Cloud-based ERP systems eliminate much of the time and capital investment required to roll out a new ERP system, instead running on the ERP software vendor’s cloud platform and coming as a much smaller, ongoing operating expense. Whereas before a company would need to make a significant software and hardware investment to get a new ERP system up and running--then maintain this system at great cost--businesses now only need to configure a cloud service and integrate it with their company.

This reduced cost and complexity isn’t the only reason for moving to cloud ERP. Modern cloud-based ERP solutions also come with process best practices out of the box, real-time monitoring and automation, easier integration with web services and the best analytics on the market today.

Cloud ERP is both more powerful and less costly than the traditional ERP implementations of the past.

How Much it Costs

Implementing a new cloud ERP system, whether moving from an old on-premise ERP solution or starting from scratch, typically will cost an SMB business between $50,000 and $500,000. CEOs at medium to large-sized businesses can expect their firms to pay between $500,000 and $2 million for an ERP implementation.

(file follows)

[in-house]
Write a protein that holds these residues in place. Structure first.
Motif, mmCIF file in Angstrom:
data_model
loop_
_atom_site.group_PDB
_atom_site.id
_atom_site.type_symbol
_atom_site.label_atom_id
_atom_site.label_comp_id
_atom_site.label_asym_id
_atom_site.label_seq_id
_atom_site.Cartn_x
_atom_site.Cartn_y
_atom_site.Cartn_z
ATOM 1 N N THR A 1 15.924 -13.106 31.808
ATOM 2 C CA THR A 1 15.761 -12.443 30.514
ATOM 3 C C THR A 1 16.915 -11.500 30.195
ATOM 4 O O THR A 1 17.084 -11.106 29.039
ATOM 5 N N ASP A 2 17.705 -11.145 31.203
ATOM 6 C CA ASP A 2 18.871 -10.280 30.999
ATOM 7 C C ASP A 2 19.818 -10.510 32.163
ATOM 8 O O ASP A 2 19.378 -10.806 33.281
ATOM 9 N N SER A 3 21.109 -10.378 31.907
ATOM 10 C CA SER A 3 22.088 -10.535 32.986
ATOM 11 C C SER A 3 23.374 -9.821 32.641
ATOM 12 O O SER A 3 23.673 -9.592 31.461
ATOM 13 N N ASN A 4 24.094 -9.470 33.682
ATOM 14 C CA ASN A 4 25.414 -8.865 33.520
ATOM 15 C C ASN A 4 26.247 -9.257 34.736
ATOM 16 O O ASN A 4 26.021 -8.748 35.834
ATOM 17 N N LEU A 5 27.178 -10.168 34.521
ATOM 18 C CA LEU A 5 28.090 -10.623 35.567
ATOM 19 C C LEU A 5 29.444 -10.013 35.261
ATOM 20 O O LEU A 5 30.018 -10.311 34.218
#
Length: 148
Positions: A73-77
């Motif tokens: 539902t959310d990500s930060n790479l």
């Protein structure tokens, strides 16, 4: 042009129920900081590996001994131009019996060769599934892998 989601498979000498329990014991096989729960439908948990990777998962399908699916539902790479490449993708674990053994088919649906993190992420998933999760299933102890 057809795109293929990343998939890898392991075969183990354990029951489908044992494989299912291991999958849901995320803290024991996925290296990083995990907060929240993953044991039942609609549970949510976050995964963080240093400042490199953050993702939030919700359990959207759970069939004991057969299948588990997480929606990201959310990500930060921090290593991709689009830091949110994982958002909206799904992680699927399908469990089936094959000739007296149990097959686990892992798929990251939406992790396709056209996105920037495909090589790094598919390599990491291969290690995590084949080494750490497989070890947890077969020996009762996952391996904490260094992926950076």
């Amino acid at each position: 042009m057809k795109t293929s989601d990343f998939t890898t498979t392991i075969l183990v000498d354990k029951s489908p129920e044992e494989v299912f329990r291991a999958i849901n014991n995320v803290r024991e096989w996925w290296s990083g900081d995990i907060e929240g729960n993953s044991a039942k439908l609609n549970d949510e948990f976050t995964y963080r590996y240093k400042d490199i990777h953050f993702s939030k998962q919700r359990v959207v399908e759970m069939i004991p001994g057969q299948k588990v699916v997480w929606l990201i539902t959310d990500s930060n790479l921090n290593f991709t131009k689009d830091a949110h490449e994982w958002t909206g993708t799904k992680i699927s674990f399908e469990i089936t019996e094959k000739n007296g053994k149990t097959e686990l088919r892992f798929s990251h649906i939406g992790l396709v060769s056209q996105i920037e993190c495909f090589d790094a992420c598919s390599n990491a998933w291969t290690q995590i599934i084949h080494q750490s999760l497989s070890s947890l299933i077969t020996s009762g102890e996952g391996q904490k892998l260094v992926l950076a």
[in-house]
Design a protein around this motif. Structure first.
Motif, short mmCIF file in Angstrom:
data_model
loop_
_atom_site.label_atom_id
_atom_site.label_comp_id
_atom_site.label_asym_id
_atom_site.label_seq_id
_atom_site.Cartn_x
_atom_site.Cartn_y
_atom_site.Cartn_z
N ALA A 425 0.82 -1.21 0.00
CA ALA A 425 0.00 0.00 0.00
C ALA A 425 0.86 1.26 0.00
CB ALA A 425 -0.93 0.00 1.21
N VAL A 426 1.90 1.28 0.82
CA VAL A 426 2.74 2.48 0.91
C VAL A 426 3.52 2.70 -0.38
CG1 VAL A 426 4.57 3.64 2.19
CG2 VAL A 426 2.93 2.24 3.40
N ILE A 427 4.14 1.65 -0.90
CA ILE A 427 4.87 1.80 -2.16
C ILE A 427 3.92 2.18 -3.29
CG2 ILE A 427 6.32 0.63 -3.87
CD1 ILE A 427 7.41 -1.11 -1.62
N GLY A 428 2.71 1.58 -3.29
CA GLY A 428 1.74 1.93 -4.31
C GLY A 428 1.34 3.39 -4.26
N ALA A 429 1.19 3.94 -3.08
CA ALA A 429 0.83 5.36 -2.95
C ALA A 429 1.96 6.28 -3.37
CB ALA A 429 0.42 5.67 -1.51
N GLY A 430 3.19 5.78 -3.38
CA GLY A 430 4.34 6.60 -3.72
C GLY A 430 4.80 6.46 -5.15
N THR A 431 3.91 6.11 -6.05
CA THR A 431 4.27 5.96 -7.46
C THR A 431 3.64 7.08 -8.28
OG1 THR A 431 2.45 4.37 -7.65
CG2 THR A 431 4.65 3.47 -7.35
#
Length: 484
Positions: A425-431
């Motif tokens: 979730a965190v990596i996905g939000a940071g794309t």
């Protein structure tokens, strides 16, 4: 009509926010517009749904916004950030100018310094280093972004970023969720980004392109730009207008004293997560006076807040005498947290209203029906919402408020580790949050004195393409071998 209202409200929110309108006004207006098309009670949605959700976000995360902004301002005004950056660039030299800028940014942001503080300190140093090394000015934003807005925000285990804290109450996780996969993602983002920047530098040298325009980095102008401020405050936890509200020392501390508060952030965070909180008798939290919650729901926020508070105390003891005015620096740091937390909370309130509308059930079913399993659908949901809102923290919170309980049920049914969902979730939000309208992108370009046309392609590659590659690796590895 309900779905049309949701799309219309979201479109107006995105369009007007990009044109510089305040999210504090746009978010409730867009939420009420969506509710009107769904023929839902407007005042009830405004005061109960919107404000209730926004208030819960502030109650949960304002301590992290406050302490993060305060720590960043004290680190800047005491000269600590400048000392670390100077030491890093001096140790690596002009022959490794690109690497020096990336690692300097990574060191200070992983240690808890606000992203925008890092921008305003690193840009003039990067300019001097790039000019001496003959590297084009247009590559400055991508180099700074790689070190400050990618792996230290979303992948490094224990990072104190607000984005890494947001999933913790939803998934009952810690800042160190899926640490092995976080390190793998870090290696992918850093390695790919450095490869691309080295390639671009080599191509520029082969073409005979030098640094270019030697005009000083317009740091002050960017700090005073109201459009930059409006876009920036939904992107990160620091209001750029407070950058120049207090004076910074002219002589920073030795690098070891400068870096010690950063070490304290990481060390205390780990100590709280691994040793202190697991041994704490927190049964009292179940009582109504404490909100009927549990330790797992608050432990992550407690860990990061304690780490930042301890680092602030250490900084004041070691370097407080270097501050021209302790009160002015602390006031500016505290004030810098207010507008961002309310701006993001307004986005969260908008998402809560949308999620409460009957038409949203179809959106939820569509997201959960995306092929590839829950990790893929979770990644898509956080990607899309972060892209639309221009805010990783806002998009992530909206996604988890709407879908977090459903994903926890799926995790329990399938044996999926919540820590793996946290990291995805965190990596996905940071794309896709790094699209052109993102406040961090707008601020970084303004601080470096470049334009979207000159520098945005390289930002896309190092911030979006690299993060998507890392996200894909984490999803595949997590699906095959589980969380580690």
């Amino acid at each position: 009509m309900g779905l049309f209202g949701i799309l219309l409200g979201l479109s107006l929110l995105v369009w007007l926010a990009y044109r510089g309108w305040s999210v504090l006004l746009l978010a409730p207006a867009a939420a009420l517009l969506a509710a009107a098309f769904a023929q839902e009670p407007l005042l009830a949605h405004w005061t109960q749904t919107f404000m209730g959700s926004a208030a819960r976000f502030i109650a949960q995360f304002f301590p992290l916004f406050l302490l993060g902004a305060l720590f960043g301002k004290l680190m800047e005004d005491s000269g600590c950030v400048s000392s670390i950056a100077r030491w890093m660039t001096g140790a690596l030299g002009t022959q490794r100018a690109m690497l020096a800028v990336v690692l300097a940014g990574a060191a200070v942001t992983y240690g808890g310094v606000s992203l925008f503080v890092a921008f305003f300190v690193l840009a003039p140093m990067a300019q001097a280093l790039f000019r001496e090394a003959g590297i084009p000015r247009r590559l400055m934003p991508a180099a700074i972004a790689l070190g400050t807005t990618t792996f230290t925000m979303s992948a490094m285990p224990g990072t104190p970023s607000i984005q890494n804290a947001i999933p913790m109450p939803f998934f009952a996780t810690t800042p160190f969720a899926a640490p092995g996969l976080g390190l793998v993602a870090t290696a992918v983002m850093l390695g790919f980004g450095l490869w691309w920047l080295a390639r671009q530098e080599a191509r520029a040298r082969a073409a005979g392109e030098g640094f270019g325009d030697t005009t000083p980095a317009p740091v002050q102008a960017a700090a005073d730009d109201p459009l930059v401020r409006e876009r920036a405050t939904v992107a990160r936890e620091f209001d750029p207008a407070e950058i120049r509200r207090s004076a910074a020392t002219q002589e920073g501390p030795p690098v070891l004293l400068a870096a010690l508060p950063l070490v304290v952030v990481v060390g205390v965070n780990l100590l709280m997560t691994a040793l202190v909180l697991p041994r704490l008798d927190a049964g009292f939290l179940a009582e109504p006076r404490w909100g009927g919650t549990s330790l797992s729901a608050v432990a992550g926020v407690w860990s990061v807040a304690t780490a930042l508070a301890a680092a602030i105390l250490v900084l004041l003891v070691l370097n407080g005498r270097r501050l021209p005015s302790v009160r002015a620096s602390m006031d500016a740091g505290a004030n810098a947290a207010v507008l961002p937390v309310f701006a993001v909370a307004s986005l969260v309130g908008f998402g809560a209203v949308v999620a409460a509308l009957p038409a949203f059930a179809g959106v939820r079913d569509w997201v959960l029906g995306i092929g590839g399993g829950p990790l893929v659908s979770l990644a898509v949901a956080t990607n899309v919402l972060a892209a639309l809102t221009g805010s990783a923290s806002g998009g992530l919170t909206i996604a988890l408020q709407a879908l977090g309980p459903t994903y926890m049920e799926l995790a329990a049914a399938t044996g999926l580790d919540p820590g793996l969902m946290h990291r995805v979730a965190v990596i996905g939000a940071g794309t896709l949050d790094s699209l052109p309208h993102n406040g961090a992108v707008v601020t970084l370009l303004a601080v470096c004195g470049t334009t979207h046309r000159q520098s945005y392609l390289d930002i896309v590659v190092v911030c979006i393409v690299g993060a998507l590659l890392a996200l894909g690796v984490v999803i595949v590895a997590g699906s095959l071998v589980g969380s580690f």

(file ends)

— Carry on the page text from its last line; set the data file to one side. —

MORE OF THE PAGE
Most of this cost is from planning and organizing an implementation, configuring and customizing it, adapting business processes, porting data and both testing the new system and training employees.

Many CEOs can cut these costs by choosing a standard implementation without deep customization, or by going with a prepackaged industry solution such as those offered by Navigator Business Solutions and others. These standard implementations work from the principle that most backend processes such as payroll and procurement are not key differentiators worth the additional cost and effort, and starting with best practices might actually improve company operations.